In several states, longer-term strategic alignment processes have taken root, seeking to change the political terrain. These processes, or alignment tables, are made up of power-building organizations that represent different constituencies, and who share strategic analyses and practices for building popular power and winning campaigns. These tables are focused more on building power and shared infrastructure than they are on winning short-term outcomes. Alignment tables are a place where allies practice building political unity, develop shared power analysis, and envision and lead broader strategies that aggregate and expand power.
Alignment tables can play an important role in building a multi-racial working class majority voting bloc at a state level. Specifically, alignment tables provide a space for organizers who have built a deep base in their own constituencies to think about building a majoritarian bloc that transcends their constituency and geography. For example, power-building organizations that are rooted primarily in urban communities of color have used their alignment tables to develop a strategic division of labor to build bases in suburban communities of color or predominantly white, working class rural areas. Two examples:
- In New York state, the alignment table is made up of power-building organizations that are predominantly based in New York City, who share a theory of change that the power base for progressive change in the state is a combination of communities of color in the New York metropolitan regions together with communities of color in smaller cities across the state. The New York alignment table provided one space where these organizations could think together about complementary approaches to expansion into smaller cities in Long Island, the Hudson Valley, and Western and Central New York.
- When the Florida for All alignment table started in 2014, their member organizations only had meaningful infrastructure in two urban areas: Miami and Orlando. They recognized that, if they were going to build towards governing power in the state, they needed to build power across issue areas, constituencies and geographic regions. So they invested in geographic expansion: Florida for All member organizations are now building bases in 35 of Florida’s 67 counties, including Fort Lauderdale, Jacksonville and Tampa as well as many rural counties. Additionally, the table invested in staffing for coalitions in six regions of the state (with two more on deck), allowing their alignment to have a locally attuned “micro-geographical” approach to its issue and electoral campaigns. Florida for All has also invested in building issue tables addressing criminal justice reform, housing justice, preemption, budgeting and revenue. Finally, the table has created several constituency tables to ensure that different communities can build cohesion and power, including a Black Alignment Group, Florida Para Todos (a Latino Constituency table), and an Asian and Pacific Islander table along with Faith in Florida’s work to cohere faith leaders across the state and some efforts at building a table of youth organizations. This investment in building the infrastructure needed to build multi-constituency and multi-geography power is an important part of the power that the Florida for All table has built over the years.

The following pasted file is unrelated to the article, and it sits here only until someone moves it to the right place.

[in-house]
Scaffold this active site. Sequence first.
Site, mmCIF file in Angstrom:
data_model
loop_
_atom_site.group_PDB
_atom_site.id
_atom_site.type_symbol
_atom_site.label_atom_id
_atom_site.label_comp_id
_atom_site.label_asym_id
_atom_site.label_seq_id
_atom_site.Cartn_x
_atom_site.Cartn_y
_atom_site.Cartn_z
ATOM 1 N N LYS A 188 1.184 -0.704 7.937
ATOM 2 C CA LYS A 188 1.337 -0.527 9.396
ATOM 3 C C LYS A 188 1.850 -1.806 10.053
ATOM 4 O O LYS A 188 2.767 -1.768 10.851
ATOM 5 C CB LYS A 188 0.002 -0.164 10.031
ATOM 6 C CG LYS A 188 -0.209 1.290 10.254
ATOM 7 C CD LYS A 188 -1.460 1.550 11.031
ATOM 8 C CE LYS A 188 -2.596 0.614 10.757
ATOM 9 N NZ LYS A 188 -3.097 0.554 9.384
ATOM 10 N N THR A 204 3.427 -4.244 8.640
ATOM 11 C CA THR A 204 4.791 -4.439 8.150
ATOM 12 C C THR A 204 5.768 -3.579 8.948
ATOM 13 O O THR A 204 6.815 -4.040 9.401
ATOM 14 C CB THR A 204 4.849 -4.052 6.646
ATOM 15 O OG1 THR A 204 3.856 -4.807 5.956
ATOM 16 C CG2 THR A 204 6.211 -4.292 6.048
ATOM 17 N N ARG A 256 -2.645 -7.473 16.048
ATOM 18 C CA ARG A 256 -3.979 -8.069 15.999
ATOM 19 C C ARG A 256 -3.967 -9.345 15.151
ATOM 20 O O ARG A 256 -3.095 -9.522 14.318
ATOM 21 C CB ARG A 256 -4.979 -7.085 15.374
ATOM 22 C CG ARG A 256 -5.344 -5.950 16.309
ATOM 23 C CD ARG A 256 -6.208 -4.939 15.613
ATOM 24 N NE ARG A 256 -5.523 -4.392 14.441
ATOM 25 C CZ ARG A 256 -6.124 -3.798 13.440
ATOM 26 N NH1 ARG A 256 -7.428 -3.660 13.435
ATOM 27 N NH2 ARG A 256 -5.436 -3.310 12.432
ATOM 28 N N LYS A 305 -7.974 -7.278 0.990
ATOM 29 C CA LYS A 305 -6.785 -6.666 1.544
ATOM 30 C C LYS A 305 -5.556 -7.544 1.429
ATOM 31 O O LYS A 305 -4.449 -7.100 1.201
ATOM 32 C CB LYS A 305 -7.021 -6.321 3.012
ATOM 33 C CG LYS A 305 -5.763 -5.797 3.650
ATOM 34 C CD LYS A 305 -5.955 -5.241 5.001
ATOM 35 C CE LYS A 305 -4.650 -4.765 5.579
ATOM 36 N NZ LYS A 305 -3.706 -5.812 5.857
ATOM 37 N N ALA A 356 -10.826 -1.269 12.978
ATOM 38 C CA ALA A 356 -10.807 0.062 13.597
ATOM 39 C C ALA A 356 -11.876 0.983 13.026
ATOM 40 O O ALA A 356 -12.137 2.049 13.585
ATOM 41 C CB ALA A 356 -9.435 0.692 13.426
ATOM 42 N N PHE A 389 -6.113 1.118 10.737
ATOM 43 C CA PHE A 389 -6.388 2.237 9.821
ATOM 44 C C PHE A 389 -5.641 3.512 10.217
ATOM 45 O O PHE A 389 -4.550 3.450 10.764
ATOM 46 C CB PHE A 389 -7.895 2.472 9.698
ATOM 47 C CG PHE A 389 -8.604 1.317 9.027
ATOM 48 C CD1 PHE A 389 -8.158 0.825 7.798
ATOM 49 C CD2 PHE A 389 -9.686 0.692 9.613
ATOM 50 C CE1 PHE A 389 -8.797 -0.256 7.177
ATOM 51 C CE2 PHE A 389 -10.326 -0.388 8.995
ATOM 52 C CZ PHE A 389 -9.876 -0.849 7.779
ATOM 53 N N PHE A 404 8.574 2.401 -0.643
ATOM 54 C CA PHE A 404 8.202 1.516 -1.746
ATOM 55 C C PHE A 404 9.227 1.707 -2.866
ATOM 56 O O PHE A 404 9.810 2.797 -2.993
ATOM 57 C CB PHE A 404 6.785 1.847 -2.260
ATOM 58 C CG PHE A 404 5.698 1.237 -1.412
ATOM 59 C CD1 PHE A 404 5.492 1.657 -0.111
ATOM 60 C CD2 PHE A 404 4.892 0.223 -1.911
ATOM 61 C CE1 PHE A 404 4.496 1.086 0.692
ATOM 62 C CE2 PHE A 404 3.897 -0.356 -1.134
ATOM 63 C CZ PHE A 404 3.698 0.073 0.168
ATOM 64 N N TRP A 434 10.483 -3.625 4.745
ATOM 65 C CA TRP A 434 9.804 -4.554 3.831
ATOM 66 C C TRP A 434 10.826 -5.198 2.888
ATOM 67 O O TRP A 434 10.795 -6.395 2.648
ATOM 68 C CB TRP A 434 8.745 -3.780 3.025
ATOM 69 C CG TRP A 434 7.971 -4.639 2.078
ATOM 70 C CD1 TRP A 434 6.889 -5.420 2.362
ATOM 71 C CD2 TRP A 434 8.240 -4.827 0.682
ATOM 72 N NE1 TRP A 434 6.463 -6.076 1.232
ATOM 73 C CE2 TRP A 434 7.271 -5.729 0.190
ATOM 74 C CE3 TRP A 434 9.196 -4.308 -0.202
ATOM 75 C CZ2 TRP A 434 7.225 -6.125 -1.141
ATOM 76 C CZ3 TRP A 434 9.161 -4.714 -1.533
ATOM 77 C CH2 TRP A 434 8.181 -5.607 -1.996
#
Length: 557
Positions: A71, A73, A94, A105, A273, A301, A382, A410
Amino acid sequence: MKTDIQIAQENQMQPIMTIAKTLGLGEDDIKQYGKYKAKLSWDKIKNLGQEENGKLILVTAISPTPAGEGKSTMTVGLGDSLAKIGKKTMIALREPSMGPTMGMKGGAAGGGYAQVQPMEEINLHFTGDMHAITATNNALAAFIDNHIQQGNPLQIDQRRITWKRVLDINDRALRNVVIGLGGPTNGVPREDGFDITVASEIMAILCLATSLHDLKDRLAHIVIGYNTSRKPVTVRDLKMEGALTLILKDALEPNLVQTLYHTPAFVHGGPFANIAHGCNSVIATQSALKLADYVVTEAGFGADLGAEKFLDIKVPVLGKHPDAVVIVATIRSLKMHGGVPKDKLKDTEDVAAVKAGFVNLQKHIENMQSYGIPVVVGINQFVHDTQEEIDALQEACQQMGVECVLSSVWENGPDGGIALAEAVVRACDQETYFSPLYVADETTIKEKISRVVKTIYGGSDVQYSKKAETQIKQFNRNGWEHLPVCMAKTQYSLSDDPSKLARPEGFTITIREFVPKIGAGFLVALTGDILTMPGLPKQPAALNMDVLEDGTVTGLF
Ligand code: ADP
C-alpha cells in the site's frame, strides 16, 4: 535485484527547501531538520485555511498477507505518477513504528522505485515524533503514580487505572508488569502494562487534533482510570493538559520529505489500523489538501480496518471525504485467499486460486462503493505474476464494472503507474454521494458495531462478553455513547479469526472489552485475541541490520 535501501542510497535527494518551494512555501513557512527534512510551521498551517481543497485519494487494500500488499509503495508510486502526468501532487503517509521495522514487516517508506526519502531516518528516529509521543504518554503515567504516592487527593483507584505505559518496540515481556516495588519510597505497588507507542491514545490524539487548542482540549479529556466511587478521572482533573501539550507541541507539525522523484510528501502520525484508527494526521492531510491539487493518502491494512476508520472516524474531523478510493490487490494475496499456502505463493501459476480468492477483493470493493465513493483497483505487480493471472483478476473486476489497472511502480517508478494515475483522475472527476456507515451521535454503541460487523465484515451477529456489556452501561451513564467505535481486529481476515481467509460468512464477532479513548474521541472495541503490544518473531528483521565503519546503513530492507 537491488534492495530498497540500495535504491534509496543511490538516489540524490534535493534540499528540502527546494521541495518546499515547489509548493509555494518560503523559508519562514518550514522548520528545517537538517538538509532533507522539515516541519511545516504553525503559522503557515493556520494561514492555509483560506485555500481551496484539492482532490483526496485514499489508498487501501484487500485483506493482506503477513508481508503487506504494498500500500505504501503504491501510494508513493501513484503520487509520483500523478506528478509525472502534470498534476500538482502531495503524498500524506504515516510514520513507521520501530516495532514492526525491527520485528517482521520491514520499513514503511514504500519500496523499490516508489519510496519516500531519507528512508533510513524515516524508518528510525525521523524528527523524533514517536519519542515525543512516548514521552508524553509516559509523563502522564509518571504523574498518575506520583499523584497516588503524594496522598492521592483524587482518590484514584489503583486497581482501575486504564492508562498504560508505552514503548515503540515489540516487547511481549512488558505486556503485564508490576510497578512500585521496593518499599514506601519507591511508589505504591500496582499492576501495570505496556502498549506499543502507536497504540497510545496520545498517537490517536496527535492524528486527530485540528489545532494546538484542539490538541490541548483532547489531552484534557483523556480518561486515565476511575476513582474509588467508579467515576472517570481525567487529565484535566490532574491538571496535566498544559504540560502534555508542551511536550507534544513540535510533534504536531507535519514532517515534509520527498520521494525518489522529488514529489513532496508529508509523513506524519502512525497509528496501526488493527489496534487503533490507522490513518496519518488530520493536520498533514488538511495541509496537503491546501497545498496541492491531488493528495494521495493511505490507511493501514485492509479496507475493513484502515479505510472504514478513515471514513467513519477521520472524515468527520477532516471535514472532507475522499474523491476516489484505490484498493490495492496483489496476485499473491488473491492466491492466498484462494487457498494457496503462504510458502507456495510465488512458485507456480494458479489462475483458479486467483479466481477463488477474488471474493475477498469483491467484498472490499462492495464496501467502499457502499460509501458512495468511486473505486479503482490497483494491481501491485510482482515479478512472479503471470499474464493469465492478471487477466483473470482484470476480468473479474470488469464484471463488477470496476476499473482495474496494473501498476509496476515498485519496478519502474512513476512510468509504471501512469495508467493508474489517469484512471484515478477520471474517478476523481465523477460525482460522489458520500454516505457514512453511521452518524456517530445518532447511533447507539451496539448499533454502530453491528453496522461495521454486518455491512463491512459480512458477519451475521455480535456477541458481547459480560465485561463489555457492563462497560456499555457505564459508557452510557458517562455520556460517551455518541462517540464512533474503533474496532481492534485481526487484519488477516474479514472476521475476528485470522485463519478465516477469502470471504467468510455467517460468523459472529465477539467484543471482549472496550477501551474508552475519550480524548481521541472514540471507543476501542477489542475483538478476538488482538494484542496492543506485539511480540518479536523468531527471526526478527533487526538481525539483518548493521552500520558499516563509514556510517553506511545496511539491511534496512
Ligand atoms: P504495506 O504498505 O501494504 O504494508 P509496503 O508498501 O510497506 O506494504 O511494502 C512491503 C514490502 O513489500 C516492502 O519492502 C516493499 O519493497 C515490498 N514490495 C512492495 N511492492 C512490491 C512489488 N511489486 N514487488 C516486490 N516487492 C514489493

Alignment tables look different in different places, but some common characteristics include:
- A small membership of select organizations that represent different constituencies and share strategic analyses and practices for building popular power and winning campaigns. Trust is at a premium, and power, credit and resources are negotiated and shared by members of the alignment table.
- There is a shared commitment to strengthening each member organization’s capacity, and often intentional work is done to support or incubate emergent organizations, especially in under-resourced communities and sectors, such as Black, Indigenous, and youth organizing. There is also a diversity of organizational forms, such as 501c(3)s, 501c(4)s, PACs, LLCs, and volunteer organizations that allow the alignment to access the tools, resources and protections that it needs.
- The public leadership of alignment table members is seen as primary, over that of the table itself, and groups encourage each other to lead publicly. Some alignment tables are not even publicly-known entities.
- The short-term campaigns of alignment tables are designed to advance the table’s transformative vision and to overcome the structural barriers that stand in the way.